There is an interesting idea lurking at the margins of Black Adam, a noisy new DC Comics superhero movie starring Dwayne "The Rock" Johnson: What if superheroes—the self-styled good guys with strange powers and moral codes—are actually defenders of an ugly, imperialist status quo? Sadly, this muddled, thoroughly mediocre movie whiffs on its most intriguing question, resolving in a shrug and an onslaught of perfunctory computer-generated punching.
The story is set in the fictional middle eastern locale of Kahndaq, which in the past was the site of a brutal slave regime and in the present is ruled by Intergang, a group of stateless, militaristic oppressors. After a shootout and some magical shenanigans involving a mystical MacGuffin known as the Crown of Sabbac, a superpowered being who initially calls himself "Teth-Adam" (Johnson) arises at the word "Shazam." Comic book fans will understand the connection to another superhero who bears that name, but given the clear similarities between the two characters—both wear suits adorned with lightning bolts—more casual viewers may find themselves Googling for background and context.
It's rarely a good sign when a film requires offline reading to fully understand, but make no mistake: This is not a movie concerned with context. Indeed, shortly after Adam's magical rise, the story introduced a quartet of heroes who've never appeared on the big screen before: Hawkman, Dr. Fate, Cyclone, and Atom Smasher, all of whom are given no more than cursory introductions that amount to little more than summaries of their powers, like stats on the back of a superhero trading card.
They call themselves the Justice Society, not to be confused with the Justice League—although, once again, the movie does nothing to clear up any potential confusion. Rather, it simply asserts that this new gang of costumed characters has awesome powers, most of which can be derived just from their names, and thus, the rules of super-movies being what they are, they are destined to fight Adam.
This is where things almost become interesting: The Justice Society declares themselves the good guys, and given the implied association with the Justice League—a DC Comics super-team that typically consists of A-list heroes like Superman and Wonder Woman—even viewers who don't know these characters from the comics are likely primed to think of them that way.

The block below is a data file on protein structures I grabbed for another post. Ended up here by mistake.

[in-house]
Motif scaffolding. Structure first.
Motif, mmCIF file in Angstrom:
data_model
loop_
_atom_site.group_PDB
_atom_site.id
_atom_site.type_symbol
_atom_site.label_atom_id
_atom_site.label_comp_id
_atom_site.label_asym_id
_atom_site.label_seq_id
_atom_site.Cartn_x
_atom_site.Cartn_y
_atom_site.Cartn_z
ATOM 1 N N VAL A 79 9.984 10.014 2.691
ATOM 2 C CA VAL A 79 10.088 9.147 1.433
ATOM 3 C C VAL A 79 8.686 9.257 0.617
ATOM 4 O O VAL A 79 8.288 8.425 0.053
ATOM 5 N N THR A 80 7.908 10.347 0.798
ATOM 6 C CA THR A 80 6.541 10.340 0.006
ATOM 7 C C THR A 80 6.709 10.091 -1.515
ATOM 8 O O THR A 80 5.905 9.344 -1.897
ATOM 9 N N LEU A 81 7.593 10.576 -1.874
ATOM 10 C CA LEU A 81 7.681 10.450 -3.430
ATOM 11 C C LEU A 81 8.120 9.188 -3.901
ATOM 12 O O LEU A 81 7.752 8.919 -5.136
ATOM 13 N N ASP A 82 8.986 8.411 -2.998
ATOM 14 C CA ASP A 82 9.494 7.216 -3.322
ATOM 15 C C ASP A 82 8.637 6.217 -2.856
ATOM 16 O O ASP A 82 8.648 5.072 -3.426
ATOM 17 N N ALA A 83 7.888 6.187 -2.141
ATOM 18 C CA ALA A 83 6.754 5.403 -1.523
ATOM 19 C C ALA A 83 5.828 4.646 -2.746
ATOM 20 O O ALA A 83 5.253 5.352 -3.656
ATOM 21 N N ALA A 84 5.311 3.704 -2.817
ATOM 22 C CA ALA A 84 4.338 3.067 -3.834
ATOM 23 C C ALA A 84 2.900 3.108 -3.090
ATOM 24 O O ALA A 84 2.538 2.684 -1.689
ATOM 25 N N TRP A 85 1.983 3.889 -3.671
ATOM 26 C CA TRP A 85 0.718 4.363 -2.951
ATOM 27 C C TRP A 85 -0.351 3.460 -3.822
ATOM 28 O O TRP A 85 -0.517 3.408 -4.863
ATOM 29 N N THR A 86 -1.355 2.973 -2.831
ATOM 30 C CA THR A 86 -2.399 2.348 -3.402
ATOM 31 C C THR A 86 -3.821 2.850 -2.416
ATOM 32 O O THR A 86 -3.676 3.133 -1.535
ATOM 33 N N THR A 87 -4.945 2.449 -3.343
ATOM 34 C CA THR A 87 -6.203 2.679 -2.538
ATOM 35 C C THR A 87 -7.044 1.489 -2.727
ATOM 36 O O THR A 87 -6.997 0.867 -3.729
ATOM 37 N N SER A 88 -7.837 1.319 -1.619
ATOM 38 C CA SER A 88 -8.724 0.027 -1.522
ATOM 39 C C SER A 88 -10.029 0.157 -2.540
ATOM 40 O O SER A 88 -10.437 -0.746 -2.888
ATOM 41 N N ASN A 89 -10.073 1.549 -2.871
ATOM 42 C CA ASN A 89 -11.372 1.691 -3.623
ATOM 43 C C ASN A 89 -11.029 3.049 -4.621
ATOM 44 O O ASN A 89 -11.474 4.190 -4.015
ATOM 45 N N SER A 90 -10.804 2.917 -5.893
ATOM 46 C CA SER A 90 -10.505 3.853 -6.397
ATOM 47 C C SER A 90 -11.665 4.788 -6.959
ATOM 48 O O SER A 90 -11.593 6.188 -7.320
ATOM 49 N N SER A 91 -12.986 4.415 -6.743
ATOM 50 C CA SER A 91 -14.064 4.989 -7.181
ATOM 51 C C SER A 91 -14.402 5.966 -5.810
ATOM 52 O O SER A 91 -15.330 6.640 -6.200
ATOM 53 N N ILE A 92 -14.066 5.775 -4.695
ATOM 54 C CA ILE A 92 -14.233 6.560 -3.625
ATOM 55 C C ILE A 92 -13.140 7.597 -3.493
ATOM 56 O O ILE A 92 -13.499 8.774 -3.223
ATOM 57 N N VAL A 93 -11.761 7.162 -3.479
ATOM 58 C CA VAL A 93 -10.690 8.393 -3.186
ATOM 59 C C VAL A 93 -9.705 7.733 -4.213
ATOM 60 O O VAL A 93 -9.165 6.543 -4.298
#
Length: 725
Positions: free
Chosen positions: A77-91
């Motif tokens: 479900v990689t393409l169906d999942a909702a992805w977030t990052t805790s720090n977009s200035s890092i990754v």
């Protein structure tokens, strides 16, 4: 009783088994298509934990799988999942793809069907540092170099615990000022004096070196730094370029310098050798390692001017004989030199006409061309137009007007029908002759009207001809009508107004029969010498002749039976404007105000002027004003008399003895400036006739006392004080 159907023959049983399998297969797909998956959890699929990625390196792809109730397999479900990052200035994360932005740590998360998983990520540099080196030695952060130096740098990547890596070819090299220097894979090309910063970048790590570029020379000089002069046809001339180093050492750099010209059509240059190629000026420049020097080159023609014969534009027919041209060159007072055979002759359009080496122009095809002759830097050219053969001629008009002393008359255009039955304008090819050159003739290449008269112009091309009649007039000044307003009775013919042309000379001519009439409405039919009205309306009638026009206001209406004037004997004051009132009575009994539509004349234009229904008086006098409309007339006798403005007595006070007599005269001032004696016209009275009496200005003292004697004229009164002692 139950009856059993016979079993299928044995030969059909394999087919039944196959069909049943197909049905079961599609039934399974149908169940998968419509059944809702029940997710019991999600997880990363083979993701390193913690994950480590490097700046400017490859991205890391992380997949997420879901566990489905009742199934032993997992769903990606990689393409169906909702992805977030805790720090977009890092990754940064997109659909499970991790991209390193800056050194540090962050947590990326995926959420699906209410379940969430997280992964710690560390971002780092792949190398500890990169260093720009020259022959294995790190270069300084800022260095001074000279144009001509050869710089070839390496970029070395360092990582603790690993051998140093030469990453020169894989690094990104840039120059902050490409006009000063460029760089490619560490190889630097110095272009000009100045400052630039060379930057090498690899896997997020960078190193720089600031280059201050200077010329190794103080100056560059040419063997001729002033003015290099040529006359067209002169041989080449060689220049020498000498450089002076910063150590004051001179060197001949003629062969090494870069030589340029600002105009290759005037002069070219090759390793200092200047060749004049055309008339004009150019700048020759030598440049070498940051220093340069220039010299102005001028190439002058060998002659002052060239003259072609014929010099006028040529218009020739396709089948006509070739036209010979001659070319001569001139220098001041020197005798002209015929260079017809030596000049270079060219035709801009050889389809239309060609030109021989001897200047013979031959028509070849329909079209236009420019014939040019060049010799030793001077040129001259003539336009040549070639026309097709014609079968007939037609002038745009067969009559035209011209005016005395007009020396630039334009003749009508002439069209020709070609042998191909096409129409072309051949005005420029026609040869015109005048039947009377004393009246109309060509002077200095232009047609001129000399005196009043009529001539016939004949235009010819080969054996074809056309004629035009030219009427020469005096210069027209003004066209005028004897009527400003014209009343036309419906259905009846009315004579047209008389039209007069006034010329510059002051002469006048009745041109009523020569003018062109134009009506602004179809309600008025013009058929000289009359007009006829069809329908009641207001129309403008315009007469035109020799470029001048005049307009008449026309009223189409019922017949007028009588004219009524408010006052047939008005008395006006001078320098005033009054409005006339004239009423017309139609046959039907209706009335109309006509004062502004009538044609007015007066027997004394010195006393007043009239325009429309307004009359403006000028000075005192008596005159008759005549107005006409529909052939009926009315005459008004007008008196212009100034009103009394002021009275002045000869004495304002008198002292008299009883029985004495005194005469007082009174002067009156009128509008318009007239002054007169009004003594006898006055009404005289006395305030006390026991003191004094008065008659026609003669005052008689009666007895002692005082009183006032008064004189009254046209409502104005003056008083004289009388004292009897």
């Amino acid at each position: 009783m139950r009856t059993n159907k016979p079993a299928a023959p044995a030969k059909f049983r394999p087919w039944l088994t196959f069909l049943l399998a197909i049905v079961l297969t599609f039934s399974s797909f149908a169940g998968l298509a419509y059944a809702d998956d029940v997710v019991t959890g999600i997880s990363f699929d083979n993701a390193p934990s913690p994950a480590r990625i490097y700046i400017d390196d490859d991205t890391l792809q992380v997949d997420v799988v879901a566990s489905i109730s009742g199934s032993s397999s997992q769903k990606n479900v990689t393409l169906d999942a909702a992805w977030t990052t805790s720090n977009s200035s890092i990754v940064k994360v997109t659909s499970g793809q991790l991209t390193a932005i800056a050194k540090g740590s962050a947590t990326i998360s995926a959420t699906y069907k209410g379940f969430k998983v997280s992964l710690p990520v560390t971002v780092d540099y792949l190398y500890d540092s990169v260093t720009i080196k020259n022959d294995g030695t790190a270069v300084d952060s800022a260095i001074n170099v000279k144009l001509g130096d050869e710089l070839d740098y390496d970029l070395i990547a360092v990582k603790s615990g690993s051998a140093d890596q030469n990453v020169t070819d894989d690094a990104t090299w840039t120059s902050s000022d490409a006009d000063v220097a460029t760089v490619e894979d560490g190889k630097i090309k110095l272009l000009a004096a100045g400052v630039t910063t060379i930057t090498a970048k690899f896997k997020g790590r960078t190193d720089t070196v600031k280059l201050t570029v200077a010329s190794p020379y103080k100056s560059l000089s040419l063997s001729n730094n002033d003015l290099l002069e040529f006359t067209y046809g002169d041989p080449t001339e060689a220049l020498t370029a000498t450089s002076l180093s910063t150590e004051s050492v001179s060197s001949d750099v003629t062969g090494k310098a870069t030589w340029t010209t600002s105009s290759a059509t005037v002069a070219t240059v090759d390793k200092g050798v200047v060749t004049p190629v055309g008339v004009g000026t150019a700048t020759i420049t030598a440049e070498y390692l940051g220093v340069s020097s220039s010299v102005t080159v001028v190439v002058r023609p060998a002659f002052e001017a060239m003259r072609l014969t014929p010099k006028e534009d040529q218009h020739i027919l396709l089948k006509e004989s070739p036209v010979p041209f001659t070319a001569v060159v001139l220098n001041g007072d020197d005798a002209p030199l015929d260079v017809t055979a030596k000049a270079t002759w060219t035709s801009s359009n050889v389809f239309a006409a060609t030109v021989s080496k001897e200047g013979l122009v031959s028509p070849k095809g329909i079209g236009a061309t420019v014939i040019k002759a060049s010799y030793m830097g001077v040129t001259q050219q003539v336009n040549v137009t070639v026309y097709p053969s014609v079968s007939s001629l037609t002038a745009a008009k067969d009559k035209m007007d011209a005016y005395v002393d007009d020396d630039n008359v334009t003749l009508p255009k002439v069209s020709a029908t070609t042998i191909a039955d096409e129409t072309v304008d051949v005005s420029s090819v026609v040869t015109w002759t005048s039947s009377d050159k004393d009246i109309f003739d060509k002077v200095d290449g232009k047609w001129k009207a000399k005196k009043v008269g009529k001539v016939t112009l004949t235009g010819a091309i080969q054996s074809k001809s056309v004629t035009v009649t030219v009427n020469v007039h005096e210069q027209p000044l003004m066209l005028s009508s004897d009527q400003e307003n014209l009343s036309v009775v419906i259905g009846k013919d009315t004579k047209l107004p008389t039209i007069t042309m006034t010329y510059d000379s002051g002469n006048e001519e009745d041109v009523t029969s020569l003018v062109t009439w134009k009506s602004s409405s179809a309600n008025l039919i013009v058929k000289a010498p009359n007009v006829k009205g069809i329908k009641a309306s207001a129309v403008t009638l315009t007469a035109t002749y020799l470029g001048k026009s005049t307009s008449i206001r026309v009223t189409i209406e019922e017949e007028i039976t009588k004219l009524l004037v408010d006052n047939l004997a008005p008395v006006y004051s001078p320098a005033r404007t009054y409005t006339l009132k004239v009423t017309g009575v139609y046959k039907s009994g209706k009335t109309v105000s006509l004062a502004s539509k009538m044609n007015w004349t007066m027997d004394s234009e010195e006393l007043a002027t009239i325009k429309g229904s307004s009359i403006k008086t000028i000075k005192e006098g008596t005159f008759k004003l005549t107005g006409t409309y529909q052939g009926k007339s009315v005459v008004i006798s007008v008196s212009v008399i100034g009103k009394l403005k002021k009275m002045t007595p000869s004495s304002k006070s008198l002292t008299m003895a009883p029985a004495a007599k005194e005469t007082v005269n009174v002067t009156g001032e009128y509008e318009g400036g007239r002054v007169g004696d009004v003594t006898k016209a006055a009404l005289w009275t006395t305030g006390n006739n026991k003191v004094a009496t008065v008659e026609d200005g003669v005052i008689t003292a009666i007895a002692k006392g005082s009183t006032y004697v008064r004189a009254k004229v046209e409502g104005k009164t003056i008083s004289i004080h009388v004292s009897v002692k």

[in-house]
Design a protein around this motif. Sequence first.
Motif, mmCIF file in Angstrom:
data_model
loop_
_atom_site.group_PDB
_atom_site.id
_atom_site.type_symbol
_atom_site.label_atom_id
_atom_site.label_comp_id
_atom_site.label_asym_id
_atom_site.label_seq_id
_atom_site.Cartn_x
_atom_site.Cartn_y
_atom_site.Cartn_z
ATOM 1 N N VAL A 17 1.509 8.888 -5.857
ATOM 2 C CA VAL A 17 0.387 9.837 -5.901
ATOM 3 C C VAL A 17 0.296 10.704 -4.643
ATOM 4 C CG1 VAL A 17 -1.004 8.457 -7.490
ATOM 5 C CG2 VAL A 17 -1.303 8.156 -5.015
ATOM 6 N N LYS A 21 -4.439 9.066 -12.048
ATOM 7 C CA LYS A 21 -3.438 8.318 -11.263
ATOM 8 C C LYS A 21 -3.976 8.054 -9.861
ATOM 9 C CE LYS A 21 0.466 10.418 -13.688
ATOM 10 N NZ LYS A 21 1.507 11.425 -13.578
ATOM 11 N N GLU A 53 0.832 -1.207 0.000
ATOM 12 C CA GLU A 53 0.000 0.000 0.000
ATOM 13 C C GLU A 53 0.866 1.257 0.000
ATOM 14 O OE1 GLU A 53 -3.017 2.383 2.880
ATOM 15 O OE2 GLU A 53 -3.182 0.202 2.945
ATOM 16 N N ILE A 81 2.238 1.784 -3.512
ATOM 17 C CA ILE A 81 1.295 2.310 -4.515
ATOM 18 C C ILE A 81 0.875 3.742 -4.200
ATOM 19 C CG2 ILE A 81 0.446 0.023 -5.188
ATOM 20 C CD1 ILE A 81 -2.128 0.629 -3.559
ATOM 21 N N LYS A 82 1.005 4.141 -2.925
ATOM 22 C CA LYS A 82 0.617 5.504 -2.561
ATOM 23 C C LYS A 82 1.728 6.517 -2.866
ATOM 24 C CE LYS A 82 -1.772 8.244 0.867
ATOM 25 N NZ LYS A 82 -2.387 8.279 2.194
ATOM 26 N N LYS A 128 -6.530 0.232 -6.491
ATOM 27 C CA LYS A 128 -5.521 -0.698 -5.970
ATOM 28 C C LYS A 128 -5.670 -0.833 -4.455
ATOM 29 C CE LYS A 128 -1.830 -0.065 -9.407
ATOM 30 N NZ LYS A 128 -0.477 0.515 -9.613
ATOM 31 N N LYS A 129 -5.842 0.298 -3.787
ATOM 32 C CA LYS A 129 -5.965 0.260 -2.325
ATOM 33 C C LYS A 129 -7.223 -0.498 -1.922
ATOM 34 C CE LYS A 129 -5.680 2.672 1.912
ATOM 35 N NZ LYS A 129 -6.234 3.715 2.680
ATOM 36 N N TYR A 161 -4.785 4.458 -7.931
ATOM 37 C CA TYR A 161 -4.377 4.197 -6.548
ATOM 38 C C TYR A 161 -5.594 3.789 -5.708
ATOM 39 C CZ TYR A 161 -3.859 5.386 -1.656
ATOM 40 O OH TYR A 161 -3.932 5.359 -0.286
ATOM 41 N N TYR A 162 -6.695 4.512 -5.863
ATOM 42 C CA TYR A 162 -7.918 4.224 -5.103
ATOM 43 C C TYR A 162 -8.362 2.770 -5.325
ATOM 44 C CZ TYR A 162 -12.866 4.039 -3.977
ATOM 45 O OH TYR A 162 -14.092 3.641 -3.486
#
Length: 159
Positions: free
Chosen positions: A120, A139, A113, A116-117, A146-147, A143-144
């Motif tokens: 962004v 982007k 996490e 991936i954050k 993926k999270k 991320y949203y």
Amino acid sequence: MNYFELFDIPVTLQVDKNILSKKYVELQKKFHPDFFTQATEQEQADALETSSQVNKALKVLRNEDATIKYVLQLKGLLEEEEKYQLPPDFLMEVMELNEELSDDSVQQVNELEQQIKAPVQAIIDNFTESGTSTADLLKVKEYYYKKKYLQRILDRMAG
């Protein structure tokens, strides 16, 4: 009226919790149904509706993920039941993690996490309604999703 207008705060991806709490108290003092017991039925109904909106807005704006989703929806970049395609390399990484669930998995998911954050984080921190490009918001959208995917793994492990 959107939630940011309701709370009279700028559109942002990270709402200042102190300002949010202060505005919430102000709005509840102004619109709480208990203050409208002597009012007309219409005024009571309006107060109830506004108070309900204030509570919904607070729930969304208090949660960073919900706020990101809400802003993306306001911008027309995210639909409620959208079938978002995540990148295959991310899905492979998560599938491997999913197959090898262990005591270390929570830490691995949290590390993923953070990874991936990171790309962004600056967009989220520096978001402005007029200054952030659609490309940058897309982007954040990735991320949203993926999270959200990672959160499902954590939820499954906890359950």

Yet when they arrive in Kahndaq, they go after Adam, who has been busying himself murdering Intergang mercenaries, not the oppressors. Hawkman, their leader, declares them defenders of global stability and demands Black Adam stop with all the extrajudicial killing (he actually uses this phrase). But the people of Kahndaq are on Adam's side. They don't care about stability. They care about freedom from oppression.
So is Adam, who has no compunctions about murder when it suits him, actually a good guy? Does the Justice Society actually represent the side of right? Are superheroes actually just lame, self-deluded imperialists defending privilege? The movie half-heartedly raises these questions but doesn't bother to answer them, preferring super-powered slugfests to anything resembling thematic coherence. Eventually, a unifying villain arises—you can tell he's a bad guy because he's cherry-red, with ram horns, and a demon-deep voice—that unifies the various heroes and anti-heroes, all of whom turn out to be good guys, more or less.
The punching is fine, as far as it goes, and a few of the sequences are reasonably well staged, but it suffers from the same CG bloat that tends to weigh down so many of today's big-budget superhero films. And the movie's colors have been manipulated in ways that are almost distracting: Virtually all of the images look as if they've been run through a particularly aggressive Instagram filter.
The overmuscled, endlessly charming Dwayne Johnson makes a fine Black Adam, although his charm is turned down here by the hero's dour mood. A subplot involving a superhero-obsessed local kid who tries to train the murderous, sullen Adam to be a hero is mostly annoying and largely ripped off from better bits in Terminator 2.
Meanwhile, the idea of using a superhero-obsessed kid as the audience surrogate in a superhero franchise reeks not only of fan service but of a more general unwillingness to engage with anything that might actually connect with the real world: The movie's reason for connecting with this kid, for rooting for him, is based solely in the fact that he's a fan of superheroes—presumably just like the viewers.
It's probably too much to ask a comic book movie starring an ex-wrestler to be a psychologically nuanced treatise on global affairs and pop culture hegemony. Failing that, however, I'd settle for a rousing, entertaining movie. But this dreary computer-generated punch-fest mostly just serves the superhero status quo that, in its best moments, it seems to want to critique.
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